Perforating Eyelid Injury Extending to the Brain Stem in a 17-year-old Woman: A Case Report

Eiichiro Noda; Makoto Inoue; Izumi Yoshikawa-Kobayashi; Toshiyuki Nagamoto

Disclosures

J Med Case Reports. 2010;4(1):18 

In This Article

Abstract and Introduction

Abstract

Introduction: This case report describes a patient who had a perforating eyelid injury that extended to the brain stem.
Case presentation: A 17-year-old Japanese woman complained of decreased vision in her right eye, with severe ocular pain and headaches, after the metal tip of an umbrella struck her upper right eyelid accidentally. Her vision in the right eye decreased to light perception with commotio retinae, intraretinal hemorrhage, and severe lid swelling. Magnetic resonance imaging (MRI) demonstrated edema of the head of the caudate nucleus and putamen, and the edema extended to the hypothalamus. The MRI findings indicated that the umbrella tip had penetrated through the eyelid and the posterior orbital wall. Vision improved to 20/50 in the right eye, with subretinal fibrosis caused by the choroidal rupture.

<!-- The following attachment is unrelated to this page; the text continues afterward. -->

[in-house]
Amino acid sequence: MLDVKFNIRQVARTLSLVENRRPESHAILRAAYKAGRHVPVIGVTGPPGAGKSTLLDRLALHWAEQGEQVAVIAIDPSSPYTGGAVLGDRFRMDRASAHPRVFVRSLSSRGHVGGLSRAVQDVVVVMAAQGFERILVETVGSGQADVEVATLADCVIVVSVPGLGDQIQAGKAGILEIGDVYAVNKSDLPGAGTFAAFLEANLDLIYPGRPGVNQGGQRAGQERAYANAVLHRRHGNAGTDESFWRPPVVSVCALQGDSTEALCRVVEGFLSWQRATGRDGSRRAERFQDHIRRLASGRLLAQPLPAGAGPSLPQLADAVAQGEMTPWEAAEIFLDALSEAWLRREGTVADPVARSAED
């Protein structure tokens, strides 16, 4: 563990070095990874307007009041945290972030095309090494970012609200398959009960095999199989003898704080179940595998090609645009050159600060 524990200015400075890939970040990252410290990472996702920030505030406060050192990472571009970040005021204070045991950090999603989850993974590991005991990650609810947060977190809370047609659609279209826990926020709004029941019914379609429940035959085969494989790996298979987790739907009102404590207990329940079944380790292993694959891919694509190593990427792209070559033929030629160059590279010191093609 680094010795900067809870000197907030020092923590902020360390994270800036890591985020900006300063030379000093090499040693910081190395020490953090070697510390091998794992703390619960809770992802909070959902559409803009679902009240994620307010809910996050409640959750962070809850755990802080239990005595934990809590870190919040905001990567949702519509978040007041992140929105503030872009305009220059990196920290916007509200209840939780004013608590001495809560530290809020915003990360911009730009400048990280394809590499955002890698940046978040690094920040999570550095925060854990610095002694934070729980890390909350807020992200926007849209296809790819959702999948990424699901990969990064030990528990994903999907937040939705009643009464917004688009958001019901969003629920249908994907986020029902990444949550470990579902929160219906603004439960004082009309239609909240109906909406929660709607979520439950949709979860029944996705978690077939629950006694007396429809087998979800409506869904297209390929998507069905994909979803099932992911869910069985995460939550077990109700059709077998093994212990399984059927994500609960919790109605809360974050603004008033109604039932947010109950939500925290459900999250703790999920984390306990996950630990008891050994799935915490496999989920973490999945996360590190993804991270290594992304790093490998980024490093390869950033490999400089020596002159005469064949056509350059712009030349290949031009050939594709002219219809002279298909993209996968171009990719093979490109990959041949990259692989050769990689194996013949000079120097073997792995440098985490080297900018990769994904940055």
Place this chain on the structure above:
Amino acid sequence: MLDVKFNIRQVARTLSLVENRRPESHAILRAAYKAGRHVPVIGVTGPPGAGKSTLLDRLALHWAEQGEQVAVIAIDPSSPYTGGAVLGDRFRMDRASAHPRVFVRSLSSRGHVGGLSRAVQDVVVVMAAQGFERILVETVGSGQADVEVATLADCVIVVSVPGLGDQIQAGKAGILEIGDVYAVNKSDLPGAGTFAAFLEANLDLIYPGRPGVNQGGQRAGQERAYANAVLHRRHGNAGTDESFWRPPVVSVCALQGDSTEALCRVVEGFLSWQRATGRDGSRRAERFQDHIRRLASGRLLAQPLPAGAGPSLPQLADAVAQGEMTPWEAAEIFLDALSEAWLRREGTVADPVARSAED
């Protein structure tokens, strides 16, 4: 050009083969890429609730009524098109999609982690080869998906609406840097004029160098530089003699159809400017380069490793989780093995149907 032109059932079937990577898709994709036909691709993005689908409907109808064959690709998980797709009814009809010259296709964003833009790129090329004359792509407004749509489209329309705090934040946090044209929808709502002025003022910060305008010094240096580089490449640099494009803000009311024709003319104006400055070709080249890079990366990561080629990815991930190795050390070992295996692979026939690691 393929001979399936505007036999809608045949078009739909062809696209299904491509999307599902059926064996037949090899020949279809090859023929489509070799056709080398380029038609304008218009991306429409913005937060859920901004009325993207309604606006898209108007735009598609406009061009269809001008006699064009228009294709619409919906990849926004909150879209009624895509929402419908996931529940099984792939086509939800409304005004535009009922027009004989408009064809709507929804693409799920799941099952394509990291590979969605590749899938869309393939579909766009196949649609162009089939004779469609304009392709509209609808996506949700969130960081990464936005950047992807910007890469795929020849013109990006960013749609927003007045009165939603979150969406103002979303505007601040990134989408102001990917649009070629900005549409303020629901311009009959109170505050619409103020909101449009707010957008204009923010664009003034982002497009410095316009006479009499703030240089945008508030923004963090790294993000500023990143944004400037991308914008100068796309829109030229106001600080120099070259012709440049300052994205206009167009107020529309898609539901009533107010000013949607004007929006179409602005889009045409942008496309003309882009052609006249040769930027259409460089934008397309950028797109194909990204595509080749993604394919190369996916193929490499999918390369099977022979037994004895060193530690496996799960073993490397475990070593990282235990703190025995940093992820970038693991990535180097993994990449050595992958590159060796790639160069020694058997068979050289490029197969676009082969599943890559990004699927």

Conclusions: We recommend that MRI be performed on the orbit and brain in patients who appear to have symptoms that are inconsistent with the observed injury and when a severe orbitocranial injury is suspected.

Introduction

Penetrating periorbital wounds are not uncommon, but those that extend to the brain stem are extremely rare.[1,2] Despite the severity of the superficial trauma, injuries that extend into the brain cavity have often been overlooked because they cause only mild symptoms.[3] However, a perforating brain injury is particularly dangerous because a cerebrospinal fluid fistula can lead to meningitis and brain abscess.[4] We describe a patient who suffered accidental perforation of her upper eyelid with the metal tip of an umbrella, and in whom extension of the injury to the midbrain was only identified with computed tomography (CT) and magnetic resonance imaging (MRI).

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